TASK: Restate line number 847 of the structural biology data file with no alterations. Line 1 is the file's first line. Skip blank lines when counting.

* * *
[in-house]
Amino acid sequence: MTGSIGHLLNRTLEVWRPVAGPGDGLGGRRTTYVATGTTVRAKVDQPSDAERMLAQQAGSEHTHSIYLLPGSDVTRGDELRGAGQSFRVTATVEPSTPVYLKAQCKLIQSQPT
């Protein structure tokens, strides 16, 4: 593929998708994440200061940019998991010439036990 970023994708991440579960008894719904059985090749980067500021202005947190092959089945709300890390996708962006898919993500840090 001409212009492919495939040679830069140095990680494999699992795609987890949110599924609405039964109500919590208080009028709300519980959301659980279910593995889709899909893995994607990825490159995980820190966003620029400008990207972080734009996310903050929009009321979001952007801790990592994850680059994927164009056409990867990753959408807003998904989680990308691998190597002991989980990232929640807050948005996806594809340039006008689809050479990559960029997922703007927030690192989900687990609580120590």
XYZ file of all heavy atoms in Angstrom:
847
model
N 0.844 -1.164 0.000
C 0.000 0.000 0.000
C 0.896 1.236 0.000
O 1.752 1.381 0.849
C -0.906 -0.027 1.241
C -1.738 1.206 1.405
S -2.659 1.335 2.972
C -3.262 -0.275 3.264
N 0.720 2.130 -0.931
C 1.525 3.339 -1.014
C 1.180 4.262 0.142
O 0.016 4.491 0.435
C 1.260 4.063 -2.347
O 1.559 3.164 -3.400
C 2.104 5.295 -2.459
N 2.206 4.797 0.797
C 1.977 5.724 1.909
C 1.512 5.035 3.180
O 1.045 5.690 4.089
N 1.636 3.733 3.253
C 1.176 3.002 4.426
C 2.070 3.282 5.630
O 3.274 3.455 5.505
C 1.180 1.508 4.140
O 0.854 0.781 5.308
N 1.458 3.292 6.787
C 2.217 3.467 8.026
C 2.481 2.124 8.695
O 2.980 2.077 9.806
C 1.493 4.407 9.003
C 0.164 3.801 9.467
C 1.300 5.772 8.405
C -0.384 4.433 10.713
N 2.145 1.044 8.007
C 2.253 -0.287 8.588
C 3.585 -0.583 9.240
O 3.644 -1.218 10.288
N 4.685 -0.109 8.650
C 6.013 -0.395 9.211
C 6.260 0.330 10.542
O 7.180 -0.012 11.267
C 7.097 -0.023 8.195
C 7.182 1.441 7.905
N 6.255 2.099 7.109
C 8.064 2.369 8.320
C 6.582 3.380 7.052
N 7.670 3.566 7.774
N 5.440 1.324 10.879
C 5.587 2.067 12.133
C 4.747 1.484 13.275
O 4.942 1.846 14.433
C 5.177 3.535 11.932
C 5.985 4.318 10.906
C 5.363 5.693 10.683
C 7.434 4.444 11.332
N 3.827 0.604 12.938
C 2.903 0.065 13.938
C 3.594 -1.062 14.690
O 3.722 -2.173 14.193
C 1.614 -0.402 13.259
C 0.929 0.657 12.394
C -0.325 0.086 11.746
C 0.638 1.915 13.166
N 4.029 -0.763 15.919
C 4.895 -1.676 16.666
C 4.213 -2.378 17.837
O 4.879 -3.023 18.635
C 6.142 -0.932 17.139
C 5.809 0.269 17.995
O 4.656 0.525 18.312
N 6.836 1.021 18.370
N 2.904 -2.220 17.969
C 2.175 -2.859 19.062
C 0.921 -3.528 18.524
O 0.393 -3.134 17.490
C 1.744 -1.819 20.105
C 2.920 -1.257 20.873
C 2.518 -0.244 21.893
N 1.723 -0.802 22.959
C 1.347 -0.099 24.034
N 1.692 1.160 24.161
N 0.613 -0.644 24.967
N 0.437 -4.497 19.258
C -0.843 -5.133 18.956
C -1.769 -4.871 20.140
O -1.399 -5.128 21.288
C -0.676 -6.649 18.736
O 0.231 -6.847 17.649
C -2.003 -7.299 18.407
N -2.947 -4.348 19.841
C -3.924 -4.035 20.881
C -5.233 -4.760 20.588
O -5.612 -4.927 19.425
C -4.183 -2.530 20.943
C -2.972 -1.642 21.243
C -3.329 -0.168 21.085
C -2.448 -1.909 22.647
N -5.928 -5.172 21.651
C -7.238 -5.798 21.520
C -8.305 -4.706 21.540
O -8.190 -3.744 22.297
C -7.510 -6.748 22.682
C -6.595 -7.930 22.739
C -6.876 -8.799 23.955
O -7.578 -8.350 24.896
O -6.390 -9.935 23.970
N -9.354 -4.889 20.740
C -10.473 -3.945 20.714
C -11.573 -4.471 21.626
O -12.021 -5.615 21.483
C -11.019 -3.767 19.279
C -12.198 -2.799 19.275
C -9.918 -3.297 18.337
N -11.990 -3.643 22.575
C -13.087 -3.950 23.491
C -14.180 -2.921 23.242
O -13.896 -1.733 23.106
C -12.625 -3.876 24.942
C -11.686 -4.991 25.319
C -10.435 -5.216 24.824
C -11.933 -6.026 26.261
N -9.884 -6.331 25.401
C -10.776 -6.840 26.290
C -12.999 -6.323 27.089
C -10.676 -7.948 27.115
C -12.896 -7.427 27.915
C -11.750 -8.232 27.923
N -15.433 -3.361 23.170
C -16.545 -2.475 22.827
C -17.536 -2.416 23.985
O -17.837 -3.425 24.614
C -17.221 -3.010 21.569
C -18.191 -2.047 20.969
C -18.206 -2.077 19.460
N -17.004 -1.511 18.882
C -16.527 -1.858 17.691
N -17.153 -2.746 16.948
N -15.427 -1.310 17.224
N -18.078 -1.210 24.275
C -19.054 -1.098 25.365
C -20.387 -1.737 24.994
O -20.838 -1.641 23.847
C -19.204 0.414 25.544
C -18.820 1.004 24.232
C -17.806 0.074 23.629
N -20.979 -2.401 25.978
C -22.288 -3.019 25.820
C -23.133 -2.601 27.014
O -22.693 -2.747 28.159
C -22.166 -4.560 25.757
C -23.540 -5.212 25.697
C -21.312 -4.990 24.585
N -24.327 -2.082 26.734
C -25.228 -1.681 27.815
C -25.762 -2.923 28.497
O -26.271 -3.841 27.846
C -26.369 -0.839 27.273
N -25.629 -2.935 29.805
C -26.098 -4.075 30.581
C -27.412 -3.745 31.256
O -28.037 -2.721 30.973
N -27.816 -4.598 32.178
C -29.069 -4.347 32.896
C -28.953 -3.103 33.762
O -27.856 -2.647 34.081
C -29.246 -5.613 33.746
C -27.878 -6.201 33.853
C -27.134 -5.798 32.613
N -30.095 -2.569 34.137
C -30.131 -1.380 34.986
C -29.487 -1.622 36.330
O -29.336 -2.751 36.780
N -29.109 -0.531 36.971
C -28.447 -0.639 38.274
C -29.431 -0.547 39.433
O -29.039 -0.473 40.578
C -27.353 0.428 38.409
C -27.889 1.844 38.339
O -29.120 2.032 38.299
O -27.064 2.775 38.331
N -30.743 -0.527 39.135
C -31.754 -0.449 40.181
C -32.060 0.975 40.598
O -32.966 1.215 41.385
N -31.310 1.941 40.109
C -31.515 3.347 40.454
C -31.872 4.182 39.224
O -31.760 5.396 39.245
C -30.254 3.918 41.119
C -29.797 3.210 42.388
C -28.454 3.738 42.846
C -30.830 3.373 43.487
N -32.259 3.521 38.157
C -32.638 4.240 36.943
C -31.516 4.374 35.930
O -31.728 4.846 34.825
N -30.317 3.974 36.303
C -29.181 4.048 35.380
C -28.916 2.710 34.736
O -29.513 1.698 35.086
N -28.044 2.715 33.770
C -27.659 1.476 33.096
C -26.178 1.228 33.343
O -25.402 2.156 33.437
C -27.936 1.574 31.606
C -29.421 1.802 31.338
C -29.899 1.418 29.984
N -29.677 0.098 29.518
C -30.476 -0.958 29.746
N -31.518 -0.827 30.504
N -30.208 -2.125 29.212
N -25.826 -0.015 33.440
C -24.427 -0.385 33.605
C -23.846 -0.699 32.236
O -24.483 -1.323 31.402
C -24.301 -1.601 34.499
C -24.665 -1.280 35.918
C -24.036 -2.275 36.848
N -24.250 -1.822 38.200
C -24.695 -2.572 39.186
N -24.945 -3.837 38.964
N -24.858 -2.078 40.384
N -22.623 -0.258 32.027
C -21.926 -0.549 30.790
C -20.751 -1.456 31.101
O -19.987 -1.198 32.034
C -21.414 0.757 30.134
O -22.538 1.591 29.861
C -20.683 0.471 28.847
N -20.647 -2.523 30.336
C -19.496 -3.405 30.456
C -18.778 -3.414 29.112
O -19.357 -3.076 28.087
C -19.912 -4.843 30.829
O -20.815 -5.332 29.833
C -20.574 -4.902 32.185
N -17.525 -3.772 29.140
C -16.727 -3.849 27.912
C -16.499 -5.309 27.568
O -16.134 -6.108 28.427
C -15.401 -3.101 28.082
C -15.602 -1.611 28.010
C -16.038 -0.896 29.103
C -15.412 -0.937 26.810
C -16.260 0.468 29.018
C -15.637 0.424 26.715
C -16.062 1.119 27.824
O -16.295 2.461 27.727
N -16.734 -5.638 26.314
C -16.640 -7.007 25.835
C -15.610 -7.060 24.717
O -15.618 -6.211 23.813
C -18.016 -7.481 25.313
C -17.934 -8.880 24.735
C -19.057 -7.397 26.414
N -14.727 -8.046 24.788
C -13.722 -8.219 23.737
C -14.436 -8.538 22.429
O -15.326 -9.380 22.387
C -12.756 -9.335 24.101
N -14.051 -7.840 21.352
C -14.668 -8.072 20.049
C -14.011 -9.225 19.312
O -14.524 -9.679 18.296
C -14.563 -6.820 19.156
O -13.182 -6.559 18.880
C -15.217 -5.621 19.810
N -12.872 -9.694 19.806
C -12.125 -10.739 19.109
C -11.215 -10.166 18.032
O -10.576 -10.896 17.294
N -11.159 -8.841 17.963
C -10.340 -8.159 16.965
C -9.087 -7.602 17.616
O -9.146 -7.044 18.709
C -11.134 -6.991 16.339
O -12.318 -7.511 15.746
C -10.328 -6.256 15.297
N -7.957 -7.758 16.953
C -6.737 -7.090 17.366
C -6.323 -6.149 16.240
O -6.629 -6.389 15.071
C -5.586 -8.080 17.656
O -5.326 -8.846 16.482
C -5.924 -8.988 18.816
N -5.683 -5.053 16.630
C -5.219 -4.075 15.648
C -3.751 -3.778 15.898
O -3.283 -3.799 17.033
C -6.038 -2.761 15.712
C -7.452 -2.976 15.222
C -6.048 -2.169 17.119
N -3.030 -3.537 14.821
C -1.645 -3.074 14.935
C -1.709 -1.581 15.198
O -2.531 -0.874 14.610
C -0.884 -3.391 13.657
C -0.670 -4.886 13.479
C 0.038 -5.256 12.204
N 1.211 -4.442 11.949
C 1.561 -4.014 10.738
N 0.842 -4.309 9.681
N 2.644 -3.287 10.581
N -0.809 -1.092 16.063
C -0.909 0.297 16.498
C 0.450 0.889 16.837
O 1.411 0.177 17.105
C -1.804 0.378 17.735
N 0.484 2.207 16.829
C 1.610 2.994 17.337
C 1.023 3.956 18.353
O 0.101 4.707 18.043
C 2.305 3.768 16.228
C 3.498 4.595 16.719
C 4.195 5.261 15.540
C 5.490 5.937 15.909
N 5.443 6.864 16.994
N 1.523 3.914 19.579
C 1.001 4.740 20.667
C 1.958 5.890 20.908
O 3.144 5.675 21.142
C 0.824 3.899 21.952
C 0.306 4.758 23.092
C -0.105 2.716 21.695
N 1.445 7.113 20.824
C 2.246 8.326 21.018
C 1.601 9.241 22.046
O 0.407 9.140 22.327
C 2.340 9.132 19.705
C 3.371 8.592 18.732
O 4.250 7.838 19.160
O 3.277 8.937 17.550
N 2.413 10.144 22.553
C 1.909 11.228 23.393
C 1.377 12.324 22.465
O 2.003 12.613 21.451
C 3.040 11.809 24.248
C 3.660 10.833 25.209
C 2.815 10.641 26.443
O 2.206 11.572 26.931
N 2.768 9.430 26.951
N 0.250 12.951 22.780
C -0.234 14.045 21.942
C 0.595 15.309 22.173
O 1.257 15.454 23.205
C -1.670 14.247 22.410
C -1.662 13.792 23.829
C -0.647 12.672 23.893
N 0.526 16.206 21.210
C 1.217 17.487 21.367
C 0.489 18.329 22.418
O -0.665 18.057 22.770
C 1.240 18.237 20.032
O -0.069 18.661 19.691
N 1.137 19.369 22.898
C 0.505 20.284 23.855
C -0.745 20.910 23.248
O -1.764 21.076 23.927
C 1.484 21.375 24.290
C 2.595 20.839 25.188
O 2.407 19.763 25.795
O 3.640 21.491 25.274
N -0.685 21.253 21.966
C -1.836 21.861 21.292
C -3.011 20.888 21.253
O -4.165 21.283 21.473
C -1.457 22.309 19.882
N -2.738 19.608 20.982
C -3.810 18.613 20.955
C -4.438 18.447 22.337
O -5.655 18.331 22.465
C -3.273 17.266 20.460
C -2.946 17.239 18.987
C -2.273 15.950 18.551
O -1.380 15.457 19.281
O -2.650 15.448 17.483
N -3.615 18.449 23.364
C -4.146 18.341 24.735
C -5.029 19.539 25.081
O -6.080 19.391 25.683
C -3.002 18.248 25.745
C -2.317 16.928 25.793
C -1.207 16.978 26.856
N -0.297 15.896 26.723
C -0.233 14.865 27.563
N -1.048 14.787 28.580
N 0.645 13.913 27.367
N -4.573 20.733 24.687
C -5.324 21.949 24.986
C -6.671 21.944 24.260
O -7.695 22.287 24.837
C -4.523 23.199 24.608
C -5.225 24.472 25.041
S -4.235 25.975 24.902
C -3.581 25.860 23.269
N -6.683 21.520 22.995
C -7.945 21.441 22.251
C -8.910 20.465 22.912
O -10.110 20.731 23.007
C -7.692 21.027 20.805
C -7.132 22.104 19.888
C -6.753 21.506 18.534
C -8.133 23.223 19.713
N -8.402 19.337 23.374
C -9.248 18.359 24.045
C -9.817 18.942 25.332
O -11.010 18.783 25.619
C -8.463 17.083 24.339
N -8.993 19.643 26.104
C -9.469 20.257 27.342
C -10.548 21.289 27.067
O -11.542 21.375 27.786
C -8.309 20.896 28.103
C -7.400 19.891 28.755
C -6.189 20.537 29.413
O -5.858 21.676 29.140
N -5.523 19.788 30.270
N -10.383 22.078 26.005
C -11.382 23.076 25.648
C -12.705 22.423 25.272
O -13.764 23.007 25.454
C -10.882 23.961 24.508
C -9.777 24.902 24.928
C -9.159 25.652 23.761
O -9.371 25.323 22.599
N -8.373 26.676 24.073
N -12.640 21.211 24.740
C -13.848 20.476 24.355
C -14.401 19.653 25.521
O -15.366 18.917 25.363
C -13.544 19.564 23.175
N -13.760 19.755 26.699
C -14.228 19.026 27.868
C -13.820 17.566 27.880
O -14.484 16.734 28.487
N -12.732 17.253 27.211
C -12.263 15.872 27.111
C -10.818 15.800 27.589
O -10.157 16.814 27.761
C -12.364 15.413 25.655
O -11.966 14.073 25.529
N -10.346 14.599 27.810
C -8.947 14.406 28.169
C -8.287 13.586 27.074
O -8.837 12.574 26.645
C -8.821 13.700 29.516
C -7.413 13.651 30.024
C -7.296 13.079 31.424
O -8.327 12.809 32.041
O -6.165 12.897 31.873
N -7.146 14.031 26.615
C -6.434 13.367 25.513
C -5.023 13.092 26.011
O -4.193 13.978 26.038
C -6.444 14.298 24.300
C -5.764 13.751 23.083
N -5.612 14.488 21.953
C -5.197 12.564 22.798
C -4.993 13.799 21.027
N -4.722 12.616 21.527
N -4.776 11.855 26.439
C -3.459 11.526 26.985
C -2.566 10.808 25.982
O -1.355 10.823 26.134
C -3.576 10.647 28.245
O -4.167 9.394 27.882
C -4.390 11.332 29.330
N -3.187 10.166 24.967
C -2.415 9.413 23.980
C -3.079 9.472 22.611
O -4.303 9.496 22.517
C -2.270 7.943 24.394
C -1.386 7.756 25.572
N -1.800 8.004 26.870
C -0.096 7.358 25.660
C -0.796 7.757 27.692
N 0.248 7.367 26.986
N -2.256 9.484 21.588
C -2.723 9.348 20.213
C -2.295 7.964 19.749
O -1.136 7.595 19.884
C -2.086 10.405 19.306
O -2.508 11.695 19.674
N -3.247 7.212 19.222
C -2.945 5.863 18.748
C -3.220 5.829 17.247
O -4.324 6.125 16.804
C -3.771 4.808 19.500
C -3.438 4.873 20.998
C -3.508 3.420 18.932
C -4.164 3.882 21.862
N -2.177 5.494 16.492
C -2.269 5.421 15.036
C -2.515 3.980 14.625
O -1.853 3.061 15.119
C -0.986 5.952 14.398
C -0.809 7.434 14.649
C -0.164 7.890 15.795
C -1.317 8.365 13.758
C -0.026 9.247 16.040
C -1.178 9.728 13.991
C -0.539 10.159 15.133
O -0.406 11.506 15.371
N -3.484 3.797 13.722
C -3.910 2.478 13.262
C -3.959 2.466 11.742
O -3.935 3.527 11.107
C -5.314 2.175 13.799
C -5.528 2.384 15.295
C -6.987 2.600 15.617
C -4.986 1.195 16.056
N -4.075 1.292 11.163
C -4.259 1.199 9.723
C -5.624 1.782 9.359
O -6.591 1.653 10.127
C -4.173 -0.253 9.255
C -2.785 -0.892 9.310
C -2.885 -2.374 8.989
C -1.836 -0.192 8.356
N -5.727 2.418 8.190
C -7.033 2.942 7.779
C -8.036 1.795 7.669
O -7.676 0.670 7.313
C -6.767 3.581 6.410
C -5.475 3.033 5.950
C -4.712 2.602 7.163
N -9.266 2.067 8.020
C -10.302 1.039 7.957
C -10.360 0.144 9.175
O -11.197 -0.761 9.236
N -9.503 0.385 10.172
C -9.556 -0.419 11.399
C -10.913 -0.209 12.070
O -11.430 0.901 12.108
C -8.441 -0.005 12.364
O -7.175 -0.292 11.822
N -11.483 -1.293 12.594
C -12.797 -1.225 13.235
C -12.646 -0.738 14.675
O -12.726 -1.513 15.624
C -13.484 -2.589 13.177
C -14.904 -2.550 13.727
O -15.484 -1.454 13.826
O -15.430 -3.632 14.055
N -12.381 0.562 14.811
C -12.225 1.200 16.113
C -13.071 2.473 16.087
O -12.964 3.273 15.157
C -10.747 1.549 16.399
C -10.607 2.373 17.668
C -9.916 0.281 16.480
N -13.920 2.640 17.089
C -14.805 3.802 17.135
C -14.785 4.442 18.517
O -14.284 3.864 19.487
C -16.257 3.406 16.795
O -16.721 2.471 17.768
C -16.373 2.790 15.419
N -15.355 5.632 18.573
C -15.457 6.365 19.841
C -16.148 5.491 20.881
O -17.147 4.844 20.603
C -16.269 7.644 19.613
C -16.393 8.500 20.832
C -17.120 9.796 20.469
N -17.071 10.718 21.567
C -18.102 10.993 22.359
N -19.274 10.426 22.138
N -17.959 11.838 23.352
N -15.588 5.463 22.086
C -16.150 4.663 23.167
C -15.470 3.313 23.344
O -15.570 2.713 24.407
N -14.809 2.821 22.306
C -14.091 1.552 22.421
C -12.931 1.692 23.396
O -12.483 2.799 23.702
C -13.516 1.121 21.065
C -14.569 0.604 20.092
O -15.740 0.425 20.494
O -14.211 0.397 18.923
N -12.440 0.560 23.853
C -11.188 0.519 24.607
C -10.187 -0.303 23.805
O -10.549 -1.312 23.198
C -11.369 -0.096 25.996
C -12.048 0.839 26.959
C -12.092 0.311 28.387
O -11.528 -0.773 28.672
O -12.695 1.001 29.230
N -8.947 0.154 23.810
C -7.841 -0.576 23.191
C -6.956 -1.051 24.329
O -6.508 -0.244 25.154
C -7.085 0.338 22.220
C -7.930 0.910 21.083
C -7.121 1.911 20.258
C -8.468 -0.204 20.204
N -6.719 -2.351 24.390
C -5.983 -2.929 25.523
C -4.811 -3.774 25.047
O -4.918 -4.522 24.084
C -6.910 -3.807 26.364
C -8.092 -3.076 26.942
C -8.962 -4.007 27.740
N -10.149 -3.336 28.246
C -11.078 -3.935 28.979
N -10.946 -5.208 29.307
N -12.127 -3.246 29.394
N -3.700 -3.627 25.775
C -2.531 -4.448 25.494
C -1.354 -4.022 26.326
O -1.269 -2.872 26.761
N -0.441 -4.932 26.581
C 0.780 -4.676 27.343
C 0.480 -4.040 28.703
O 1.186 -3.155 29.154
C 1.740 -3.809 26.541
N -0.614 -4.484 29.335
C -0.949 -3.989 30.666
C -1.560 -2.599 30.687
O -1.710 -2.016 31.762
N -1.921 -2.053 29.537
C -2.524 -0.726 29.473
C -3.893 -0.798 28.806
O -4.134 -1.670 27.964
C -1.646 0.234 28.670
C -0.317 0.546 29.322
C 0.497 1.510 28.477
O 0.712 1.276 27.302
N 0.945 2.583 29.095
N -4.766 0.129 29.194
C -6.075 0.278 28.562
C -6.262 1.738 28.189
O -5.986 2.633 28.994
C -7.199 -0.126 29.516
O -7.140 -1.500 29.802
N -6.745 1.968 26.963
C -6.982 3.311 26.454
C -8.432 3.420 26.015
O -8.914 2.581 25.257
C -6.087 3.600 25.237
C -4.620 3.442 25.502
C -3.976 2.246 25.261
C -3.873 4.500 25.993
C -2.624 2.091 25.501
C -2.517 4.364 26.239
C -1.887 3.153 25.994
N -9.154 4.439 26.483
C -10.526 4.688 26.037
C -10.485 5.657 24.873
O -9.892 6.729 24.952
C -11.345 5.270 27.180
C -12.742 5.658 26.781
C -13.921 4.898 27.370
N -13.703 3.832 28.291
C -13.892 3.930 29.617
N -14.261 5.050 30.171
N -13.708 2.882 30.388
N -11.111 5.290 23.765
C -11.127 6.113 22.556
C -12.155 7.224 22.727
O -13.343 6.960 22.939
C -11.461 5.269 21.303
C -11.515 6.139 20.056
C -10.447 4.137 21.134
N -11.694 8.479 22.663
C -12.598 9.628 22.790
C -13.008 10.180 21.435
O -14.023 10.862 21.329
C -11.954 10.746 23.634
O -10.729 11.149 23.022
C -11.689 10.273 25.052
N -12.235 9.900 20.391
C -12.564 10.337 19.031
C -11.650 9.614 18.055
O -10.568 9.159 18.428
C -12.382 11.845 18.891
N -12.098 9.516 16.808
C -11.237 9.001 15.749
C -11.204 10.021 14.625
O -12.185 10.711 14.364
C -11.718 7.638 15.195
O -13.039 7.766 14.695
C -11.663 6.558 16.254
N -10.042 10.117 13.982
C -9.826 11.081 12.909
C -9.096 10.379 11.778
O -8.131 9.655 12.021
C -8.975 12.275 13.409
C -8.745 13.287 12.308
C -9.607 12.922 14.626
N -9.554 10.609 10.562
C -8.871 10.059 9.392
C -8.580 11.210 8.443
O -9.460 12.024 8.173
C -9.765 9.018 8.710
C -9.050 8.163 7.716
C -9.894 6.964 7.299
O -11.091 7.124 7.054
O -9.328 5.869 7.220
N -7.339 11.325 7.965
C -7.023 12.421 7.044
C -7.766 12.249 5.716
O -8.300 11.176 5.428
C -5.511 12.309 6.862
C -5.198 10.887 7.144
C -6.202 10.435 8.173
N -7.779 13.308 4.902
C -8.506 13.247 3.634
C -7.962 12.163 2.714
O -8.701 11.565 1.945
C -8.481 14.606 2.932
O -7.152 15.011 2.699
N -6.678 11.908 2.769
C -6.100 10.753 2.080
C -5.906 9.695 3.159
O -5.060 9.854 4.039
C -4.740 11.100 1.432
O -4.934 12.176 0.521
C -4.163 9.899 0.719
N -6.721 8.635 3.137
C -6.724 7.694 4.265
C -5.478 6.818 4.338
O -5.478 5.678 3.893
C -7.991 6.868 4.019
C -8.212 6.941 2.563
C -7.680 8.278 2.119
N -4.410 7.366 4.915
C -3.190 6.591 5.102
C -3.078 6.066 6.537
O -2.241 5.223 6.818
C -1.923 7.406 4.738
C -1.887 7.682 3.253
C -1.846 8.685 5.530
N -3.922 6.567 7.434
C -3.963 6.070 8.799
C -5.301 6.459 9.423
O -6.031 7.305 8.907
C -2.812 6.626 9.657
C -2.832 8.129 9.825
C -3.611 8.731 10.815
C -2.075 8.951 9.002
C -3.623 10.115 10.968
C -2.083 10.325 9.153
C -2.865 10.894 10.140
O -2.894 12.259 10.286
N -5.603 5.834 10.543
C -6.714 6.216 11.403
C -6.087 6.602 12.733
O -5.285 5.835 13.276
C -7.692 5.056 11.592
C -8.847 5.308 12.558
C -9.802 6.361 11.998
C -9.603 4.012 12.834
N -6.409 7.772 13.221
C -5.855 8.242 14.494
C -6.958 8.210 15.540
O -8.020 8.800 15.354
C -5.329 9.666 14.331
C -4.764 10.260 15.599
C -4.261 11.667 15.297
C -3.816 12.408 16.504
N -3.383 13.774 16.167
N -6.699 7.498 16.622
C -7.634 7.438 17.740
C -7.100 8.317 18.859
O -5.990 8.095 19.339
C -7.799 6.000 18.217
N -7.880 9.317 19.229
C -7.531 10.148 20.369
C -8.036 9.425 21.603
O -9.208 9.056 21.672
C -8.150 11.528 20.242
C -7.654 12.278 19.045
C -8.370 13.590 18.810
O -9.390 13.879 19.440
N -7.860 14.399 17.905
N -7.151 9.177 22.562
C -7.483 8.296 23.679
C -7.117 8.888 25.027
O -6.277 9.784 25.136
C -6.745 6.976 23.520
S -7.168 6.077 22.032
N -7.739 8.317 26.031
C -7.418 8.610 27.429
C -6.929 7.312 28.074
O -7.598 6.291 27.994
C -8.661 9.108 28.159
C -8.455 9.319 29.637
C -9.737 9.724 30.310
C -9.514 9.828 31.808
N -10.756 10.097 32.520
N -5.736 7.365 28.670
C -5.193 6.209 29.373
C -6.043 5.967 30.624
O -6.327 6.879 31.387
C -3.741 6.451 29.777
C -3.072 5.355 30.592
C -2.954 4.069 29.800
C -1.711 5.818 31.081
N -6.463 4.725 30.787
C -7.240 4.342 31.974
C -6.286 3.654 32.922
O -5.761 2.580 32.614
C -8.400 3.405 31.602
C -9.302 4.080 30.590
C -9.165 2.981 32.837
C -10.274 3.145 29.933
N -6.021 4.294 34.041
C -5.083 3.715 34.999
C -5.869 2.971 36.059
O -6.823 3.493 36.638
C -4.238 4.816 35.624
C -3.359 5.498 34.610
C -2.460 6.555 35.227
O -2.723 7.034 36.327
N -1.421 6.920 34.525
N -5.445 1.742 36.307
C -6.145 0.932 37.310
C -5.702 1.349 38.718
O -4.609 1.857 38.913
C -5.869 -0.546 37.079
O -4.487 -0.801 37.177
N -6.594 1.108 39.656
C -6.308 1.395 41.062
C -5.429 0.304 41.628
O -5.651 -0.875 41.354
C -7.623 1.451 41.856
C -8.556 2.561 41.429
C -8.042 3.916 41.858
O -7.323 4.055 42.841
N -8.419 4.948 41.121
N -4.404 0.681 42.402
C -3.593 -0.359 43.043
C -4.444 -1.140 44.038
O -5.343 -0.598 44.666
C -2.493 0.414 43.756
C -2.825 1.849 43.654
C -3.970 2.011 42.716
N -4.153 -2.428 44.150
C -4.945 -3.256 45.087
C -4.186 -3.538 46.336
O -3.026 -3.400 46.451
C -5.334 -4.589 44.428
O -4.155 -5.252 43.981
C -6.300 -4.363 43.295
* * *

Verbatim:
N -4.153 -2.428 44.150